I don’t know where the ceiling is with flashlight brightness, maybe when it has enough to call it a lightsaber. There has been much debate from Law Enforcement about what is optimum for doing entries and how much is too much. The majority that I have spoken to believe that around 200 Lumens is optimum for indoors while outdoors it’s a completely different mindset. The most important thing you need to know about when considering a flashlight like this is, you are far more likely to be able to identify a threat with a Streamlight TLR-1 Flashlight or the new compact model Streamlight TLR-6 laser light combo.
Flashlights have gotten cheaper to make, with longer run times and double or triple the Lumens compared to 10years ago. Streamlight TLR Flashlights are a “staple” in this industry are they on just about every Handgun or Carbine. They have become extremely popular as a Carbine “white light” due to there being an industry move away from pressure switches and people realizing that the lever activation switch is far more reliable. The New Streamlight TLR-1 HL has an output of 800 Lumens which is quite incredible. Everyone should have a light on a Carbine but there is such a thing as too much output.
In this industry the one thing you need are good, safe and responsible safety habits. You can loose muscle memory if you don’t practice, Ring’s BlueGuns are one option and if you don’t have good practice, you’re an accident waiting to happen. I can run through the list of stories of all of the negligent discharges of firearms at Police Training Centers, Firearm Academies and Gun Ranges. People loading guns in the parking lot, new recruits discharging firearms while drawing their weapons, discharges while re-holstering, and discharging firearms while defending themselves in defensive situations.
There are plenty of ways of keeping on top of your skills, and there are other options besides plastic firearms, Blade Tech has plastic replacement barrels, but it’s still not a bad idea to consider throwing Ring’s BlueGuns in to one of your range bags if you may be teaching a novice. Grip, stance, sight picture, are all things you can teach with a $40 piece of plastic, Police use them in training rooms, NRA Instructors do too. It’s not the type of thing you normally find at a gun range or gun shop which is why Tactical Stores like www.RogueElite.net exist.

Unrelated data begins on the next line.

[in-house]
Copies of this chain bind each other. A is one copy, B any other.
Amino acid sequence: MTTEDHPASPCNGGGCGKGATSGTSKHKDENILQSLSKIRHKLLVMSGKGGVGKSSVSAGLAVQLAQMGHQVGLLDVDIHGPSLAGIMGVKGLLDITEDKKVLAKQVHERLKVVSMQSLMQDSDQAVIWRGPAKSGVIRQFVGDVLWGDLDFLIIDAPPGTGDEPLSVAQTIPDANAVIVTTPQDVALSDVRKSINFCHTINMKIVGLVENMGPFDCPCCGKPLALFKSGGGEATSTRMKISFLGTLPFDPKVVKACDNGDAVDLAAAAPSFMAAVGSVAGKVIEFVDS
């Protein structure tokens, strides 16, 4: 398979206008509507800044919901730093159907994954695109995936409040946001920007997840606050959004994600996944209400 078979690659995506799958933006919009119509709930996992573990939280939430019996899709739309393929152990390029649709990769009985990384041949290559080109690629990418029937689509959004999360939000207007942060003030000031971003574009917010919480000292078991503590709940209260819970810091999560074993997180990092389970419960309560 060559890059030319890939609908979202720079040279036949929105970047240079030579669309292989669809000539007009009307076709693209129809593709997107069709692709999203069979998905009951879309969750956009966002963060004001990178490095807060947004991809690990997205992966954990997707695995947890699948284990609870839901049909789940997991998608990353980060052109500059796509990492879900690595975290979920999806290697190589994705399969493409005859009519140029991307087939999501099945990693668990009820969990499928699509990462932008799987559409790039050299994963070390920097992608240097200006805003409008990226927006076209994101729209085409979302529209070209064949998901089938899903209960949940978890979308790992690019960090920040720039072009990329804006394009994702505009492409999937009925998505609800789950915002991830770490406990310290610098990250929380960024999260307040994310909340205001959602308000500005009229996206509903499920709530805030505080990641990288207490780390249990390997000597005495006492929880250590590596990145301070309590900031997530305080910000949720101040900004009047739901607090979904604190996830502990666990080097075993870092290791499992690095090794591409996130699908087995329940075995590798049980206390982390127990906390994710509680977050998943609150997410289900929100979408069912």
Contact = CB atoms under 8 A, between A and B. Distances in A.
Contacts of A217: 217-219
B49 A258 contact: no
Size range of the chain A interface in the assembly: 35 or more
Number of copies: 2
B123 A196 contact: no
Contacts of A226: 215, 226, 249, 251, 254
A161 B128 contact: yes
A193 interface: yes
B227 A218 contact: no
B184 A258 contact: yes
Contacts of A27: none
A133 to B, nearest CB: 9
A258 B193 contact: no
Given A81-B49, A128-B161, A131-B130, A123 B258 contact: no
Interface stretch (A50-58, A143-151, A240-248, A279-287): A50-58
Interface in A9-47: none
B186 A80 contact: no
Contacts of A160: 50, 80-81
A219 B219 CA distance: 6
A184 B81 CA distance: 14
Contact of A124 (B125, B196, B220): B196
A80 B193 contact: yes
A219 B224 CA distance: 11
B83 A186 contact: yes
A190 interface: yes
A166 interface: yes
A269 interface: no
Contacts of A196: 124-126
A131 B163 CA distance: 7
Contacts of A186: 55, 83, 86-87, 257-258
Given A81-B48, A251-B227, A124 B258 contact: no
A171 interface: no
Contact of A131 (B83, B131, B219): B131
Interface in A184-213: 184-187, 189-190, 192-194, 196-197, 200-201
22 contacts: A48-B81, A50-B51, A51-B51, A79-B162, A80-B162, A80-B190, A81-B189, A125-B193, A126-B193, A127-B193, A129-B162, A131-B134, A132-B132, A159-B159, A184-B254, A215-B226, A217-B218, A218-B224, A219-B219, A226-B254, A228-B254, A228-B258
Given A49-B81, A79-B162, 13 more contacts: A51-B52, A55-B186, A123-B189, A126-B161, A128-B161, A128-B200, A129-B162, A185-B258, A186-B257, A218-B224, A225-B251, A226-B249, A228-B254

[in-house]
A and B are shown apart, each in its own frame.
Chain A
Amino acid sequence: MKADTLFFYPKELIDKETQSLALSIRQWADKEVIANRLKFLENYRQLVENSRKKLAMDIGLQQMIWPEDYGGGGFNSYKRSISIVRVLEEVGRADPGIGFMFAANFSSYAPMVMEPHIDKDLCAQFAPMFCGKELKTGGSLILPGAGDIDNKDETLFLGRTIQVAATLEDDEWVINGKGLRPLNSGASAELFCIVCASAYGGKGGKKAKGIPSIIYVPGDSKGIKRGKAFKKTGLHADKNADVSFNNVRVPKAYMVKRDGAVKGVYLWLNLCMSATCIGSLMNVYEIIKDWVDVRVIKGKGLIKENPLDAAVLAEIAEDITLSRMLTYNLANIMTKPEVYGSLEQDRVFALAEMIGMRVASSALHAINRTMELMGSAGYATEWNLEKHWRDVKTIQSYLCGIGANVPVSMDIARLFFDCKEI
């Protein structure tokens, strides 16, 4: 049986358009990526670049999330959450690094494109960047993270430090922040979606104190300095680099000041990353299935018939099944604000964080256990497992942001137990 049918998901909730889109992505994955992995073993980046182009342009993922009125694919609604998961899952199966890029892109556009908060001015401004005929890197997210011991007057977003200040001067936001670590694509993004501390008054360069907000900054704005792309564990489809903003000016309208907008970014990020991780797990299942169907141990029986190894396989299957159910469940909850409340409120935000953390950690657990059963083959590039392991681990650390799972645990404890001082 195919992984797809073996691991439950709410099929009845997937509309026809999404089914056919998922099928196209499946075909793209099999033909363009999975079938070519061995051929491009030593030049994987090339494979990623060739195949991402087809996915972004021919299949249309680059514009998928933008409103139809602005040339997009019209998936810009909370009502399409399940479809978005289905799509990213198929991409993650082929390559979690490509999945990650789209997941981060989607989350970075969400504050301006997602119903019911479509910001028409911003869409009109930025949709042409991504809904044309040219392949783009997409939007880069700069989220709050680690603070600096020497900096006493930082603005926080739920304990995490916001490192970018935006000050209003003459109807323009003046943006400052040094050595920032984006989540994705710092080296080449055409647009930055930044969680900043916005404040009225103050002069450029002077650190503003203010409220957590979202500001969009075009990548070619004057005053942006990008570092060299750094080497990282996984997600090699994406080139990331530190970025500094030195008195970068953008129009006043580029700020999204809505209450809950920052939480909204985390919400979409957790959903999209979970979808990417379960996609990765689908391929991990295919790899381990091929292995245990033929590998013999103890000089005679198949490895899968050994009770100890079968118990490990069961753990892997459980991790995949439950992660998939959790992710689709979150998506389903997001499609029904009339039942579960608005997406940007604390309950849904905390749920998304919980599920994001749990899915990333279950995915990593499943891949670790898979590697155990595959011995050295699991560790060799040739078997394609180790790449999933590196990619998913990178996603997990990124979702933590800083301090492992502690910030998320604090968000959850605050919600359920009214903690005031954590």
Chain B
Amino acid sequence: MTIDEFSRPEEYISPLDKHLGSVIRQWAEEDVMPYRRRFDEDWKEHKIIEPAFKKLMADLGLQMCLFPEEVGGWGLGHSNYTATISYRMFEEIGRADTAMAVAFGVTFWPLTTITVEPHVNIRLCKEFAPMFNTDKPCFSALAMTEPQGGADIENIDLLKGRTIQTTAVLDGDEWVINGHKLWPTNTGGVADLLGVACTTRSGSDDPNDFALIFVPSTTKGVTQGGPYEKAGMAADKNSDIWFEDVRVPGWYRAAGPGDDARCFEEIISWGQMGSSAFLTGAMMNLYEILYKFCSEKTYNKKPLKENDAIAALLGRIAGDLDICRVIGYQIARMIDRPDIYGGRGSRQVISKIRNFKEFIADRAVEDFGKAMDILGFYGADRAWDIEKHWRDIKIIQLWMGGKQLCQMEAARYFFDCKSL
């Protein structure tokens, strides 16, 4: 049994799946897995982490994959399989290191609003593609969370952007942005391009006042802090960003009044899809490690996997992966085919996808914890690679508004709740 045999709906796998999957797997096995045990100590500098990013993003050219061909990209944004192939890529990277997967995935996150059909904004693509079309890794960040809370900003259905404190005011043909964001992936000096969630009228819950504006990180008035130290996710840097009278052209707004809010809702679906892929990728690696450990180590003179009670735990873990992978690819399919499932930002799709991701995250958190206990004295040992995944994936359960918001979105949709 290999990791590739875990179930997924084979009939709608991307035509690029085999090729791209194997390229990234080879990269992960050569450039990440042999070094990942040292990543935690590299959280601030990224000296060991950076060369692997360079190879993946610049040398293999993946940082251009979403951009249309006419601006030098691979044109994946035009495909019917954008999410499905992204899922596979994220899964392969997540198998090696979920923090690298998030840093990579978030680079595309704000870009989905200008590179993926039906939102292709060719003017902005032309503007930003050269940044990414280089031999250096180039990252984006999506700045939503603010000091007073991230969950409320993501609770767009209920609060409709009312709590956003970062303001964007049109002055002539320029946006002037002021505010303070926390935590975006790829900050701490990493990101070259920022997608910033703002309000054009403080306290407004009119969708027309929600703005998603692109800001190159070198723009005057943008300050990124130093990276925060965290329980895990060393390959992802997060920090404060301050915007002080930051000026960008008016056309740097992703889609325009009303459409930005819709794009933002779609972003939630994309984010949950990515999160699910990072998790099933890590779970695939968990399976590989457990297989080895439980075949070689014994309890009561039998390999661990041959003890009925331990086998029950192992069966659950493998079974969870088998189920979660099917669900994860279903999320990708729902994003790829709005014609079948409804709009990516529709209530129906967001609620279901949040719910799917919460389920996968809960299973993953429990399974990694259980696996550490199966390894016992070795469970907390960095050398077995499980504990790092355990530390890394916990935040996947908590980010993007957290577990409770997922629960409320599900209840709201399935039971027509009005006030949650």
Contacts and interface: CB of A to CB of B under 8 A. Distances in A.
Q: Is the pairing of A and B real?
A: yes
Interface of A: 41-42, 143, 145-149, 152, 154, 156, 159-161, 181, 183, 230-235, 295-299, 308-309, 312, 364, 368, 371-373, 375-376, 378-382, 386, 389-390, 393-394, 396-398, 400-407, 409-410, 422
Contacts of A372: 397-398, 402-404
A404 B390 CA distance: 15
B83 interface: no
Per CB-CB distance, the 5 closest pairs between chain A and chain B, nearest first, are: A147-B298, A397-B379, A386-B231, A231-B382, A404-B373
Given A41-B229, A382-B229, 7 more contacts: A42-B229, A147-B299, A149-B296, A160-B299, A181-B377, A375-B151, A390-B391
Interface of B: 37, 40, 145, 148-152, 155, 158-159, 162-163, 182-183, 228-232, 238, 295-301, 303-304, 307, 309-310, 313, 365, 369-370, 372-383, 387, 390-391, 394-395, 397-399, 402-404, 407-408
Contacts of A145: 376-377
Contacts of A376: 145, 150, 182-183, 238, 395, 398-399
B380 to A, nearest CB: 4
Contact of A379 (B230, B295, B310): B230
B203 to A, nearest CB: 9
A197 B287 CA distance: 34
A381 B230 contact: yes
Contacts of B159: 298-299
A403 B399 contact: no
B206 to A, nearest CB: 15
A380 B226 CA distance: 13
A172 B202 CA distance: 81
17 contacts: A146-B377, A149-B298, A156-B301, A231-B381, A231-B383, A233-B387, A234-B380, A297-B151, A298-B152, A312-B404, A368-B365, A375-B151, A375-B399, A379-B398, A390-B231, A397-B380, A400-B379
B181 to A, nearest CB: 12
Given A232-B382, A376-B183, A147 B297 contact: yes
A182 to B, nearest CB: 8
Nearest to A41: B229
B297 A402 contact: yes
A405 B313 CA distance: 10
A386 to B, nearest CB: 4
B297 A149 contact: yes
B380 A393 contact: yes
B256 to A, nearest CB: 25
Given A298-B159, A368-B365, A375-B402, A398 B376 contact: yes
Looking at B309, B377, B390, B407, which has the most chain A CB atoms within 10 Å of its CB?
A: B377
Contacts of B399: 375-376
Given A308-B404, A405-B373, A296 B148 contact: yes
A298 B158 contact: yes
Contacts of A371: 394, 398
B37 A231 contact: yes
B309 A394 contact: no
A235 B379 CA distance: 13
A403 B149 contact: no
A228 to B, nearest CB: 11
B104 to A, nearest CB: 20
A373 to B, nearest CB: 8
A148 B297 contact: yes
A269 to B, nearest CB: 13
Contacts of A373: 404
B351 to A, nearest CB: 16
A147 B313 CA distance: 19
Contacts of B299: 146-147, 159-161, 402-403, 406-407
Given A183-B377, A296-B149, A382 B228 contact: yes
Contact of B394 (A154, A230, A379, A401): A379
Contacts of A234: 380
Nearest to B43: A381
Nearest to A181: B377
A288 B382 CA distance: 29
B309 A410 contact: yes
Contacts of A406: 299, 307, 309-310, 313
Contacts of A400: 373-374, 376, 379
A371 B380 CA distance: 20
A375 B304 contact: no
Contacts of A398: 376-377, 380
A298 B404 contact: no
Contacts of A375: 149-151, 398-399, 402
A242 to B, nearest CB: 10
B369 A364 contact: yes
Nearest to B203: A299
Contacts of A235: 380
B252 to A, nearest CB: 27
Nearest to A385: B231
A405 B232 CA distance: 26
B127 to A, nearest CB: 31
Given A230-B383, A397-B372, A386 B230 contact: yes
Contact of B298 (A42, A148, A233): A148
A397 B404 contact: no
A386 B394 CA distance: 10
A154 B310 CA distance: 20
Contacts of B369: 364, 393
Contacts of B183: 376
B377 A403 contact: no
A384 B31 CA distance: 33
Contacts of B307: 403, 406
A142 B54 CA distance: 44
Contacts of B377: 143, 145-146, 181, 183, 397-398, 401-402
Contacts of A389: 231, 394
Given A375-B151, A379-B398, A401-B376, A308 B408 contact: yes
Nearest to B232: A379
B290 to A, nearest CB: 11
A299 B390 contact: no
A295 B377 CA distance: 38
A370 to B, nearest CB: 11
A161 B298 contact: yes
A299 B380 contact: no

This was actually the first pant that I “really” liked that Tru-Spec made. There is kind of a trademark design that Tru-Spec always had with the way their pockets were cut, and this was more of a design that I preferred due to the rear wallet pockets having a straight look and not the angled cut that the majority of the Tru-Spec 24/ Series pants had. The BDU Pockets are also designed differently with an open slotted pocket on the outside and a larger BDU pocket behind it. Now that so many people are carrying cell phones this was an easy access pocket for something just like that. Once you star wearing clothing like this you don’t really need a belt cell phone carrier anymore.
This is something that people really have a preference over and often ask for the boot cut or non-boot cut. Just like there are differences in the way jeans are designed, not all tactical clothing companies have the same cut, or fit, even if the waist sizes are the same. Tru-Spec Men’s Tactical Boot Cut Pants are available in Black or Khaki and also still in the $44.95 dollar range, there are also several other fit designs within the Tru-Spec product line so if one isn’t for you, you still have other styles like the Tru-Spec Ascent, Tru-Spec Eclipse and Tru-Spec Simply Tactical.